Clara Benadon ’23 Wins NOAA Hollings Scholarship

By Rebecca Goldfine
The National Oceanic and Atmospheric Administration has awarded Bowdoin sophomore Clara Benadon a Hollings Scholarship.
Clara Benadon
Clara Benadon, holding a spotted salamander during a Bowdoin Naturalists outing. She is a co-leader of the group, which encourages "an understanding of local ecology and the natural history in the greater Brunswick and coastal Maine community." 

Since she was a high school sophomore, Benadon has dreamed of receiving a Hollings Scholarship and working alongside NOAA scientists. "When I opened the email from them, I cried a little," she said.

The Hollings Scholarship funds two years of undergraduate tuition, up to $9,500 a year, and a paid summer internship at a NOAA facility. Benadon is hoping to be matched with a marine scientist doing research in behavioral ecology.

"I am interested in looking at how different species interact in an ecosystem, and how individuals within a species interact with their environment," she said. "The rapidly changing environment will also alter our expectations for those interactions."

While she enjoys learning about terrestrial ecosystems as well, she finds the ocean most compelling. "Just the sheer expanse of it," she said, "and if you look at it from an oceanographic perspective, it's so complex, and still a huge mystery." 

She is also attuned to other facets of the ocean beyond the scientific puzzles it contains.  "You can’t look at it just from an ecological perspective because it is so important socioeconomically," she said. "So many people depend on it, for economic support, cultural significance, and for sustenance."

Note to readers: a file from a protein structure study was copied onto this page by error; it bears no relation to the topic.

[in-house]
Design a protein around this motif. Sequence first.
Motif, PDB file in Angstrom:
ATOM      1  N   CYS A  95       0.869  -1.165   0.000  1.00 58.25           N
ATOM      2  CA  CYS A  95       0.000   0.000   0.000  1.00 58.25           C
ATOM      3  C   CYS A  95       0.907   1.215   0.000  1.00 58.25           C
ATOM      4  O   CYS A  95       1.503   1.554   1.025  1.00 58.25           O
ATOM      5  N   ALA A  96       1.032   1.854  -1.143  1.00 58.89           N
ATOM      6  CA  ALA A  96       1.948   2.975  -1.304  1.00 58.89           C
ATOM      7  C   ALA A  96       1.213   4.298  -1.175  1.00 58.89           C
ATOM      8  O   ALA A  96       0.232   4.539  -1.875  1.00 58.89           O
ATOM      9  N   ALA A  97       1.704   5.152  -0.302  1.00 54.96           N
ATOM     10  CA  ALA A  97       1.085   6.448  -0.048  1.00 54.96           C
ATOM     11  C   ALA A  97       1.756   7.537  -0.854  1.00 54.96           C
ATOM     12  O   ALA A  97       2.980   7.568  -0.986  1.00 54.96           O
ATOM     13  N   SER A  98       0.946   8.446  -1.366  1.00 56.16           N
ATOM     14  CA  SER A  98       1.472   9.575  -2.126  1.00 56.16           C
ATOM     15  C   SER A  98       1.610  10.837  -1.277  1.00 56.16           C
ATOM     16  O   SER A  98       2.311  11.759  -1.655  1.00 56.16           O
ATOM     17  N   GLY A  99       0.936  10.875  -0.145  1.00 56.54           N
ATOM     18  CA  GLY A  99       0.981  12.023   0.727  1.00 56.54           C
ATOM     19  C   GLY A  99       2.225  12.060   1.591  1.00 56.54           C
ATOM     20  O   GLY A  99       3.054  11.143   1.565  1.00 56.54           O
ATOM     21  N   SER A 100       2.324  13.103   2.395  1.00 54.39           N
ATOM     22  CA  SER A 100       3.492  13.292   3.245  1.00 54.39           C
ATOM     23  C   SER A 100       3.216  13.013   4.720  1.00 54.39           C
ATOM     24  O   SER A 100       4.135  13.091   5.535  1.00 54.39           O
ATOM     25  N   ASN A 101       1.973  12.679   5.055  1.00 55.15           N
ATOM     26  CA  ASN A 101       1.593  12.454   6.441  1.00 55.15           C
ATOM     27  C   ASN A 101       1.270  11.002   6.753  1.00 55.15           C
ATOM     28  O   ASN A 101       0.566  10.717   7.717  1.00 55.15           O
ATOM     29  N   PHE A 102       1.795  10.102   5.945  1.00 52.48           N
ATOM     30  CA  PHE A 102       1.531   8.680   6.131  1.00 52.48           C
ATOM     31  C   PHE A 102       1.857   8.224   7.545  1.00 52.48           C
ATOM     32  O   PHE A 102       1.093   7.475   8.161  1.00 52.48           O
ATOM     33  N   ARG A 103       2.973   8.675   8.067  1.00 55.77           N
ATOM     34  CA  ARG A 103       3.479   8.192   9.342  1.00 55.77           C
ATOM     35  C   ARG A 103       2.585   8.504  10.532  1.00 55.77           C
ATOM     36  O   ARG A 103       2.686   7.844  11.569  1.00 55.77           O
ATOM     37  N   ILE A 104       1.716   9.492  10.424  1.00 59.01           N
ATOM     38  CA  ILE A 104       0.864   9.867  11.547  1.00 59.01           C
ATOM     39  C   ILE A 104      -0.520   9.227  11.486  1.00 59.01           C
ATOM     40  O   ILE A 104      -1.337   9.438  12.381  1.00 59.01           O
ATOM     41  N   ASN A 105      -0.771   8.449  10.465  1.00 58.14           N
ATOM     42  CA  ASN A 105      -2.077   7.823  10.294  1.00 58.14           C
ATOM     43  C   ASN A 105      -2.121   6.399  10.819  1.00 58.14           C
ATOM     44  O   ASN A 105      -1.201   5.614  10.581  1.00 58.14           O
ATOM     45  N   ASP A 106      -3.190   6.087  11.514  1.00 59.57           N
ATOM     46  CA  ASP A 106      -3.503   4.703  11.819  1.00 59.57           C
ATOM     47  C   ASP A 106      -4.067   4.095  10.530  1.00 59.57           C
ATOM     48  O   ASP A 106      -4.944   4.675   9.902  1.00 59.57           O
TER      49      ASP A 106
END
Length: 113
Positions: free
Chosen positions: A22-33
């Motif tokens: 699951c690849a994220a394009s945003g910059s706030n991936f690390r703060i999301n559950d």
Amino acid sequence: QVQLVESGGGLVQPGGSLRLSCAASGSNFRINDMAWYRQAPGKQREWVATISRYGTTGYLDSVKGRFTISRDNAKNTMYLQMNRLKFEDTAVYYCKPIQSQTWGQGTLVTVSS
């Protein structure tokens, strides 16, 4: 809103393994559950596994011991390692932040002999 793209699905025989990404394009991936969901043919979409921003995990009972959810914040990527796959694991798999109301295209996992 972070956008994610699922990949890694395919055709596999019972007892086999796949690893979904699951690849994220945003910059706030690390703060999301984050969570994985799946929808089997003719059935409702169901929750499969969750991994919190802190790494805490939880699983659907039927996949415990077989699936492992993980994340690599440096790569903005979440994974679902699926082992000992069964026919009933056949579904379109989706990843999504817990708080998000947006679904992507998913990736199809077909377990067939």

"The research that excites me the most explores how different players within living systems connect to each other. What tiny clues can lead us to larger ecological truths? I’m interested in marine ecoacoustics, fishery health, ocean exploration and reef imaging, and new conservation strategies." — Clara Benadon ’23

Growing up in a rural part of Maryland, with sheep and chickens at home, Benadon said she has known since she was young that she wanted an environmental and science-based career focused on the sea. "Which is why I came to Bowdoin, to study marine science," she added.

A biology major and math minor, Benadon will intern this summer at the Smithsonian Environmental Research Center in Edgewood, Maryland, an hour from home. She'll focus on both marine invasions and predation ecology research. Next spring, she'll study abroad in the Galapagos Islands with IES Abroad.

At Bowdoin, she counts her pre-orientation Bowdoin Science Experience (BSE) as one of her most meaningful academic experiences so far. 

"I met some of my best friends in that program," she said. "They're kind and amazing, and they uplift me. I can talk to them about growing as students and getting used to college, and also growing as scientists and trying to advance our careers."

Following BSE, Benadon was invited to work in the lab of Assistant Professor of Biology and Environmental Studies Mary Rogalski.

"I can’t say enough good things about Mary," Benadon said. "Working in her lab was really cool because I was able to develop hard skills, but also see how to approach science from a creative perspective, like how to set up an experiment to get meaningful results."

After Bowdoin, Benadon plans to pursue a PhD in marine biology and work, ideally, at a place like NOAA. "Something that is important to me is to keep an eye on policy," she said. "I love science and will dedicate my career to it, and it's essential to adopt a humanistic perspective to change our actions and the way we manage resources."

"Which is why I want to make my science understandable," she continued. "Communicating my work is very important to me, and also serving as a very open book to policy makers."